the walking dead, season 6, recap, 613, the same boat, carolTonight's installment of "The Walking Dead" picked up just moments before last week's left off, focusing on the capture of Maggie and Carol by a band of Savior stragglers outside the group's compound. Viewers likely guessed that the formidable women would eventually evade their captors, but this slog of an episode made what's become a routine trope more painful than usual.

The law of averages (Rick's new favorite phrase) inferred that the show's recent run of excellent installments had to end sometime, but man, this week's bottle episode was such a buzzkill (until its final minutes, anyway; more on that in a minute). It made sense to spend some quality time with Maggie and Carol, since both women have been underused and underserved this season; what was confusing, though, was why Carol seems to suddenly be wrestling with her admittedly murky morality, as if her brief foray back into domesticity in Alexandria has made her long for her former boring, beaten-down life. Perhaps she blames herself for Sam's descent into madness – and ultimate death – as her gift of a cookie on his gravesite last week suggests. And her losing sleep over the number of people she's killed obviously points to some remorse about what she's had to do to survive. But it seems like such an odd 180 for the woman who single-handedly blew up an entire cannibal camp back in the season five premiere to just now be questioning how far she's come (and didn't this already happen way back when she shot Lizzie?).

This random identity crisis certainly wasn't helped by the fact that Carol spent most of the episode interacting with Paula, the head of the Savior gang that takes the women hostage. In addition to Paula's Acting-with-a-gigantic-A antics, the show has once again decided that in order to illustrate just how menacing the Saviors are, its members must use profanity at every opportunity. To be clear, this isn't me clutching my pearls; I f—king love some good cussing. But I don't love how it's employed here, seemingly purely for shock value's sake – and seriously, it's not shocking at all. Like the cartoonishly foul-mouthed guards at the Savior gate last week, Paula and her henchmen throw around junior high favorites like "prick," "bitch," and "balls," because they're totally tough and intimidating, you see. Excuse me while I roll my eyes forever.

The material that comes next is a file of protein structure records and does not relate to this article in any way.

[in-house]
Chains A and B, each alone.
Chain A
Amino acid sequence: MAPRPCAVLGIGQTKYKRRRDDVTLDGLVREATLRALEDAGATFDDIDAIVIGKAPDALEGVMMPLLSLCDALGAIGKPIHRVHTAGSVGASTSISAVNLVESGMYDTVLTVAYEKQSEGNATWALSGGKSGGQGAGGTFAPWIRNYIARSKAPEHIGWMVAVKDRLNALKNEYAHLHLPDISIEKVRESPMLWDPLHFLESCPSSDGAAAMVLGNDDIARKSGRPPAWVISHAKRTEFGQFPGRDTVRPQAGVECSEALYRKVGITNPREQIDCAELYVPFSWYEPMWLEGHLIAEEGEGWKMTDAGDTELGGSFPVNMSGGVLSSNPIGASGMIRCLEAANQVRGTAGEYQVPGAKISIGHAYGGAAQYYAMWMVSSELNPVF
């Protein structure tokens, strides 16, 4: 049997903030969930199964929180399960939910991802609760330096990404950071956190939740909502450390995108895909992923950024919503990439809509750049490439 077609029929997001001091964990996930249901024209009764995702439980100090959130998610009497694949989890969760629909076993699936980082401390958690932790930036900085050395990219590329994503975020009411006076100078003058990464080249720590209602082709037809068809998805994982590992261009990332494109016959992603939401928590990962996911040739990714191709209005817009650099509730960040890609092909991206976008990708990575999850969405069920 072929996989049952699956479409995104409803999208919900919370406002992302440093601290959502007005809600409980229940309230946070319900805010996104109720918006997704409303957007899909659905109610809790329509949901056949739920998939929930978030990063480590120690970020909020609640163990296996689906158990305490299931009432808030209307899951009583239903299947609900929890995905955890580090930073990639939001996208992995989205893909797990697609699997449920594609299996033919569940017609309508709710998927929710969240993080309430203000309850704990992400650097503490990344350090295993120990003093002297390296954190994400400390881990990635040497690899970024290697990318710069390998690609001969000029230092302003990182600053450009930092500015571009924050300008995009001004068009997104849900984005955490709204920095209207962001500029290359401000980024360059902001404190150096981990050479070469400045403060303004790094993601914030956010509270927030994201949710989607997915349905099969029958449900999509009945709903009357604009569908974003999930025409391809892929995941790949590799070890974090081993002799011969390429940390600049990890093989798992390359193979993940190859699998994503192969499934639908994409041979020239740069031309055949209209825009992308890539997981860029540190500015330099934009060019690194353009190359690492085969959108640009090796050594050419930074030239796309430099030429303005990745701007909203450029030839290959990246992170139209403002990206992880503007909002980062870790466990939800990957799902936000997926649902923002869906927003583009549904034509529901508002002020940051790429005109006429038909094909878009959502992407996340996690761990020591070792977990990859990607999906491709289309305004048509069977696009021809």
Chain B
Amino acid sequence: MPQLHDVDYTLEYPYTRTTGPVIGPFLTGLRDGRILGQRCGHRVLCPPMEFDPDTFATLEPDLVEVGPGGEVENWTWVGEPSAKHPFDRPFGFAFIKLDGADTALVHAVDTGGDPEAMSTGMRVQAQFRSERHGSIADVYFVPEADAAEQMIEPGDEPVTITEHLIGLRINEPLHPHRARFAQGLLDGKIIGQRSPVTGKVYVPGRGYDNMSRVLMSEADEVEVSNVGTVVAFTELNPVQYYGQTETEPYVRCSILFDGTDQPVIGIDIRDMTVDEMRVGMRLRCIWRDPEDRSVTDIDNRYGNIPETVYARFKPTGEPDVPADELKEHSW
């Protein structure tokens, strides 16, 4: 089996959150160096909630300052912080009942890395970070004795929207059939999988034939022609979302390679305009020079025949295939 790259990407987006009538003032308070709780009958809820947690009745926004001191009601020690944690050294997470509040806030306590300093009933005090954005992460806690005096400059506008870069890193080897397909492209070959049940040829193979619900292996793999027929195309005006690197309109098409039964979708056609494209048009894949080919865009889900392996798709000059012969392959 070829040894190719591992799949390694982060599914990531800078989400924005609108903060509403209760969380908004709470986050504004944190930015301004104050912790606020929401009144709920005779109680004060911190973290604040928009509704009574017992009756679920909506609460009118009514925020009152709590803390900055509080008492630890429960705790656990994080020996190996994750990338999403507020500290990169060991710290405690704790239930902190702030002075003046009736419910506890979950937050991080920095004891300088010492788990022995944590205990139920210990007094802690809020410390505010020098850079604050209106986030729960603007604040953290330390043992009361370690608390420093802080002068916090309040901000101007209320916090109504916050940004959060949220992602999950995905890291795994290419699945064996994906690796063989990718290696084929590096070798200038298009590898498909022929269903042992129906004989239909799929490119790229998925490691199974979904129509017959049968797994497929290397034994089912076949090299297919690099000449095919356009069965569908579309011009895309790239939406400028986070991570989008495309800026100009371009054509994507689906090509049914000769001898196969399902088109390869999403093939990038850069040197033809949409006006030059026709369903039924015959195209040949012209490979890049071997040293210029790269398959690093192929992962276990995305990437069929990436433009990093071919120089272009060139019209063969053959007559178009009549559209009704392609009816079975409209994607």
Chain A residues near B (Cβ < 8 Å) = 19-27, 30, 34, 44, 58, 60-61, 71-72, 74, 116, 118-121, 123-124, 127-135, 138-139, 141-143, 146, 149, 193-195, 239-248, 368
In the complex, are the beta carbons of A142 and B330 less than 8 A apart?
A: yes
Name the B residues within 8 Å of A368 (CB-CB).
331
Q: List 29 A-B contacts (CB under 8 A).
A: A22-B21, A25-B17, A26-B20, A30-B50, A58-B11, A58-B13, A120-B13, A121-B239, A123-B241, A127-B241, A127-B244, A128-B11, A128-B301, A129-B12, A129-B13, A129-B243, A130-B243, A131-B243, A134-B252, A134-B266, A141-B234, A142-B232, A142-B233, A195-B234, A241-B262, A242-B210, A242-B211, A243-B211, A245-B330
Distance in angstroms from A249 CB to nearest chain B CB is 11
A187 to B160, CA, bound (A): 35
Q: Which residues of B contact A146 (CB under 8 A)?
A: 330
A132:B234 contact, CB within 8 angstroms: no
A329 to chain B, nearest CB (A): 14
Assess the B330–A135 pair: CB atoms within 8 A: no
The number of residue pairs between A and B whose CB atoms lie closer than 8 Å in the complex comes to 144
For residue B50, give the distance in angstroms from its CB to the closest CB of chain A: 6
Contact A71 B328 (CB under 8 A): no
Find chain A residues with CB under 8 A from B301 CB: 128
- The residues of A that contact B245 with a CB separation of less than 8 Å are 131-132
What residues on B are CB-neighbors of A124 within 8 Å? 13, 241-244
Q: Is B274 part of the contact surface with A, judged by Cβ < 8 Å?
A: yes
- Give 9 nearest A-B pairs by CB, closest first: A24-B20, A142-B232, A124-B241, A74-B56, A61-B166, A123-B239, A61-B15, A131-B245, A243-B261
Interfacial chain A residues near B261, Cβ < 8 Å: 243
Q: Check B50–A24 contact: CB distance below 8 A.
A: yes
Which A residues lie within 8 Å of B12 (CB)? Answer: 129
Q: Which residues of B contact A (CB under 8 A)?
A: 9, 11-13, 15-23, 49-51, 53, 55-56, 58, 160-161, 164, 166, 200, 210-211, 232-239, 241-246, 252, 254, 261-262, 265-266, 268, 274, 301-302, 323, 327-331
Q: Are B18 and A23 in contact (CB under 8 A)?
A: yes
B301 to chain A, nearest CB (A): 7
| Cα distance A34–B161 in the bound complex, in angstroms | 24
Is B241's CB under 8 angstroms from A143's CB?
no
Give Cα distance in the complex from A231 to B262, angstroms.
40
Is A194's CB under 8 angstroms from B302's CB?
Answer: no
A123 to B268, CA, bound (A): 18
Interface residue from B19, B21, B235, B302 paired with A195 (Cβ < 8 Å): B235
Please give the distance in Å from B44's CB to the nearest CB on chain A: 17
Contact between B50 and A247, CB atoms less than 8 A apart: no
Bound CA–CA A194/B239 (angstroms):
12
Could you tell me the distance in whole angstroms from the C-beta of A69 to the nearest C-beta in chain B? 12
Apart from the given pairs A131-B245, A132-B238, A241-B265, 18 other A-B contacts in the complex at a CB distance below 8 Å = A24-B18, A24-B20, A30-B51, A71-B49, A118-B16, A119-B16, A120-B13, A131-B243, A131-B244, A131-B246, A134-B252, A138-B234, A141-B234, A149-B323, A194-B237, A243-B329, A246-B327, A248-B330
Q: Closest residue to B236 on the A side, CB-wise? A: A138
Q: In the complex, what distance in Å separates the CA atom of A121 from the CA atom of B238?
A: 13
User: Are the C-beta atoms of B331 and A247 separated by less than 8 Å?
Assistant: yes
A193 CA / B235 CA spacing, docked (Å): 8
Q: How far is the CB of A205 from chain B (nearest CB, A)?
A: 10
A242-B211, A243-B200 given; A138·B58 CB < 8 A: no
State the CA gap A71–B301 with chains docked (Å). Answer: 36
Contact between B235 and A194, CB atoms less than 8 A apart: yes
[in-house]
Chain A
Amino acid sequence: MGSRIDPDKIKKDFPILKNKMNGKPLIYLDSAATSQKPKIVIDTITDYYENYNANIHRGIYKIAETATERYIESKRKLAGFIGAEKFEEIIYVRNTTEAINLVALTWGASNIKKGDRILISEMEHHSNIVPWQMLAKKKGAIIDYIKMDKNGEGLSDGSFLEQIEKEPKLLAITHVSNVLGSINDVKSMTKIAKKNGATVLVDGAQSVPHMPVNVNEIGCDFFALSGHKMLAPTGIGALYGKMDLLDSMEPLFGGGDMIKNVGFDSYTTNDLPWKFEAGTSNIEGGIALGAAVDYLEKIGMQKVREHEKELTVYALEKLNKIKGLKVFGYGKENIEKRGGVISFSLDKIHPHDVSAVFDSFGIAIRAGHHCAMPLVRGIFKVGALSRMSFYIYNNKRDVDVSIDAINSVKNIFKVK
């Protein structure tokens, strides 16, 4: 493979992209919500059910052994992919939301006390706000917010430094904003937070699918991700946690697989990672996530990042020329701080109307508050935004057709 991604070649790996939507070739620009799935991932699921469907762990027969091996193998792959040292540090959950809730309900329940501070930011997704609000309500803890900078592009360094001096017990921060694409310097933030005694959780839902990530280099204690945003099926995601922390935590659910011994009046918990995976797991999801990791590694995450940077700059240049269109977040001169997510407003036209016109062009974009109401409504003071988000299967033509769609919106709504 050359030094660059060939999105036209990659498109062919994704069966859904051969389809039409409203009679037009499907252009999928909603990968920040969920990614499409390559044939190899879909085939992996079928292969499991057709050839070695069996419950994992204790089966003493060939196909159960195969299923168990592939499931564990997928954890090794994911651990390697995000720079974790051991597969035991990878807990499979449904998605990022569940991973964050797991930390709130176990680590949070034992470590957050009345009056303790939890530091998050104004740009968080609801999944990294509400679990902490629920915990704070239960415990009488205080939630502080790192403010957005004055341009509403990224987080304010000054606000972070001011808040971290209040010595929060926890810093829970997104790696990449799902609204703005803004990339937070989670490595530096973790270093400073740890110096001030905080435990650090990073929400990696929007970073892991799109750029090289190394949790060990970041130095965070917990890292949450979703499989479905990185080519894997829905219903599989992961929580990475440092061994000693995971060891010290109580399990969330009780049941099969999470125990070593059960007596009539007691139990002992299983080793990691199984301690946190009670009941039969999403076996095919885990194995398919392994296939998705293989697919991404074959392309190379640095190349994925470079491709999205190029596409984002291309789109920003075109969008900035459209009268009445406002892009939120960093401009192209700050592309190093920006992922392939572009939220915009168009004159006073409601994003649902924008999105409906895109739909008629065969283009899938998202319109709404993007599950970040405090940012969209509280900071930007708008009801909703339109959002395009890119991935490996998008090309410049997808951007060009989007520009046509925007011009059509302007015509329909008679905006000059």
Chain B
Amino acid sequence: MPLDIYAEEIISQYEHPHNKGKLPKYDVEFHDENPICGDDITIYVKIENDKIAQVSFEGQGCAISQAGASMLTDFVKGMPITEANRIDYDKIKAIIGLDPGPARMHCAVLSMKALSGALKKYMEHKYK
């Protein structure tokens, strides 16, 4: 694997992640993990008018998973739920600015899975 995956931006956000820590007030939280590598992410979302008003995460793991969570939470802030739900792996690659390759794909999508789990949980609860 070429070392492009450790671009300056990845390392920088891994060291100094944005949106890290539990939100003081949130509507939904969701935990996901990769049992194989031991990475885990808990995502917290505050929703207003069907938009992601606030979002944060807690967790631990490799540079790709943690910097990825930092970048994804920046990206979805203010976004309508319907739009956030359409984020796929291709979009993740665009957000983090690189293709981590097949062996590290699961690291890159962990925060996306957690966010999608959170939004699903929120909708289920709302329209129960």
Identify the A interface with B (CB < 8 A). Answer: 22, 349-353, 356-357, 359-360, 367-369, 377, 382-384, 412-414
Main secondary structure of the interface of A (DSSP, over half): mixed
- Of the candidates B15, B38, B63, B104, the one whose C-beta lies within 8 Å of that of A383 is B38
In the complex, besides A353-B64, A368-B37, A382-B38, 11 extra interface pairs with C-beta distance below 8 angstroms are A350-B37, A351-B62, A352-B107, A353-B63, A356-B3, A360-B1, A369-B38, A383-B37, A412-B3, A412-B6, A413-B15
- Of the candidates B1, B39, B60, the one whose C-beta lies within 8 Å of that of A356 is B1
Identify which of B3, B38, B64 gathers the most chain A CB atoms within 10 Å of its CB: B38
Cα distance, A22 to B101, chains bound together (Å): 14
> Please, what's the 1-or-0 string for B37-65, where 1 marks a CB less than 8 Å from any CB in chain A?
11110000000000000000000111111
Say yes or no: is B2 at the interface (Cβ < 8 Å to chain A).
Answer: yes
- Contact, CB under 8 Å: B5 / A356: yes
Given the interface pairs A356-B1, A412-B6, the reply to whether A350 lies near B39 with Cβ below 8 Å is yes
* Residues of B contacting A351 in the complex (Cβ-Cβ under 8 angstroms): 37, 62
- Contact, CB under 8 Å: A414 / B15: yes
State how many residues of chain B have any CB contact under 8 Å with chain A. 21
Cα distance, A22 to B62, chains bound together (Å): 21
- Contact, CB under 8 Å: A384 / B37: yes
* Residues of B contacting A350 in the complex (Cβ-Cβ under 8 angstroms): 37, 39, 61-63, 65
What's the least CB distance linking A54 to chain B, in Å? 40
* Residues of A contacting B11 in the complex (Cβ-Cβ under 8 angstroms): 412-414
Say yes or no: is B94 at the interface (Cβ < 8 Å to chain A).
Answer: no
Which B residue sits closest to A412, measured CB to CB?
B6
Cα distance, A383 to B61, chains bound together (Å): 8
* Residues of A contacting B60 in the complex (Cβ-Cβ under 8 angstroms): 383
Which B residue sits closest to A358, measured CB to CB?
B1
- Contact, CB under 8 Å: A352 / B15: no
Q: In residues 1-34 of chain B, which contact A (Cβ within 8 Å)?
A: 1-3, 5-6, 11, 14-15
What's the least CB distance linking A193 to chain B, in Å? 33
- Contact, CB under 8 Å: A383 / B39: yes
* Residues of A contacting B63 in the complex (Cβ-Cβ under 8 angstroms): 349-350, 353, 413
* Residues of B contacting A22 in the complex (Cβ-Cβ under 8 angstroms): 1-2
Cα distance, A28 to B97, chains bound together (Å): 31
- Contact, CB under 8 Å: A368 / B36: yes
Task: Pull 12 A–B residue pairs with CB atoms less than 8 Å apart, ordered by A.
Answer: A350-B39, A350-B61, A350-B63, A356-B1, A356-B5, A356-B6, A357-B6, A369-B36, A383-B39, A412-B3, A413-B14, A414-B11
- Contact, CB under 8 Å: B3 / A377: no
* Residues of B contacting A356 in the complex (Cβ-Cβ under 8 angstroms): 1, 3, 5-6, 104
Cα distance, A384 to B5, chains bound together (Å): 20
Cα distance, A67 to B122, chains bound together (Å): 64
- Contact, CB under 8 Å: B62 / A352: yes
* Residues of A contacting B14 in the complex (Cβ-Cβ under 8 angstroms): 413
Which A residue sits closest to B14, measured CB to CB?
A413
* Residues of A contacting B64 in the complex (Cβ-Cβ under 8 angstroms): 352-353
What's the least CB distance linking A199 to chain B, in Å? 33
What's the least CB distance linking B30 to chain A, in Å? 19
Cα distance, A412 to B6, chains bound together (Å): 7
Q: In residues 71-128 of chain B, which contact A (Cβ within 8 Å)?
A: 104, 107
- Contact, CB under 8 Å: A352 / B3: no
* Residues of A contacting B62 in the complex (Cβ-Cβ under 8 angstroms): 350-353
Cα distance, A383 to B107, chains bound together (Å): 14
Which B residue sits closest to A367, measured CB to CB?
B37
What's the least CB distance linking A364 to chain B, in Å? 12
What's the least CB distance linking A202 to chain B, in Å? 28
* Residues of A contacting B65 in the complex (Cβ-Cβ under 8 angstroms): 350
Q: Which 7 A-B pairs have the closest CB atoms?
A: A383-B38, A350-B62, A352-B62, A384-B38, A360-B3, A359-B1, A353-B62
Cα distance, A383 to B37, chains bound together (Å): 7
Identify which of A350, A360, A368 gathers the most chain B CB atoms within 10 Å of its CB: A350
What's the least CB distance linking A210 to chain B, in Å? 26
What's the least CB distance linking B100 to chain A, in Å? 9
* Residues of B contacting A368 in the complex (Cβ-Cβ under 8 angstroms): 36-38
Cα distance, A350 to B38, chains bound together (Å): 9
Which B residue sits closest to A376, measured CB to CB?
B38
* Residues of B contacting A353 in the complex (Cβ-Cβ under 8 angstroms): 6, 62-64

Paula spends most of her time monologuing about how she's the baddest of them all, how she doesn't care that her boyfriend beats her (congratulations?), how she decided to kill her boss way back when the apocalypse started because he probably would have gotten her killed first. It was a giant mess, written and delivered so gratingly and unconvincingly that I wanted her to just go ahead and shoot me, too, to put me out of my misery. That didn't happen, but thankfully, Paula eventually stopped talking long enough to get herself simultaneously impaled and eaten alive before episode's end, so I suppose that's a win.

Her fellow henchmen don't fare much better. The aforementioned a-hole boyfriend eventually bleeds out after Carol shoots him in the episode's opening minutes; his reanimated corpse is later used to trap Molly, the woman who can't stop coughing up blood (a cancer-induced parlor trick that was probably bound to attract hungry walkers at some point anyway). Maggie finishes her off by beating her to death with the butt of a handgun, the best way to let out some aggression in the apocalypse. Spare Savior Chelle also gets taken out after she tussles with Maggie, slashing the pregnant woman's stomach; witnessing this bit of brutality, Carol quickly shoots Chelle in the head, though she later feels super bad about it, because...reasons.

It remains to be seen just how severe Maggie's wound is (she seems fine for now), and if/how that will affect her unborn child, who was the clear target. Chelle's pointed attack came after she and Maggie spent a long time chatting (is that the right word when one of them is tied up and held at gunpoint?) about Ms. Greene's pregnancy. The Savior tries to suss out where Maggie and Carol came from, guessing that they must have a comfortable settlement since Maggie has "nice clothes" and "time to make babies." Chelle infers that she was once pregnant, too, but lost the baby; she also lost her boyfriend (who she calls "a d—k" – there seems to be a lot of d—kishness going around among the Savior men) after he got "blown up," a clear reference to the gang that cornered Daryl, Sasha, and Abraham in the midseason premiere. It's disappointing that one of those disgusting guys could pull someone as attractive as Chelle, but I guess a girl's gotta take what she can get in the apocalypse.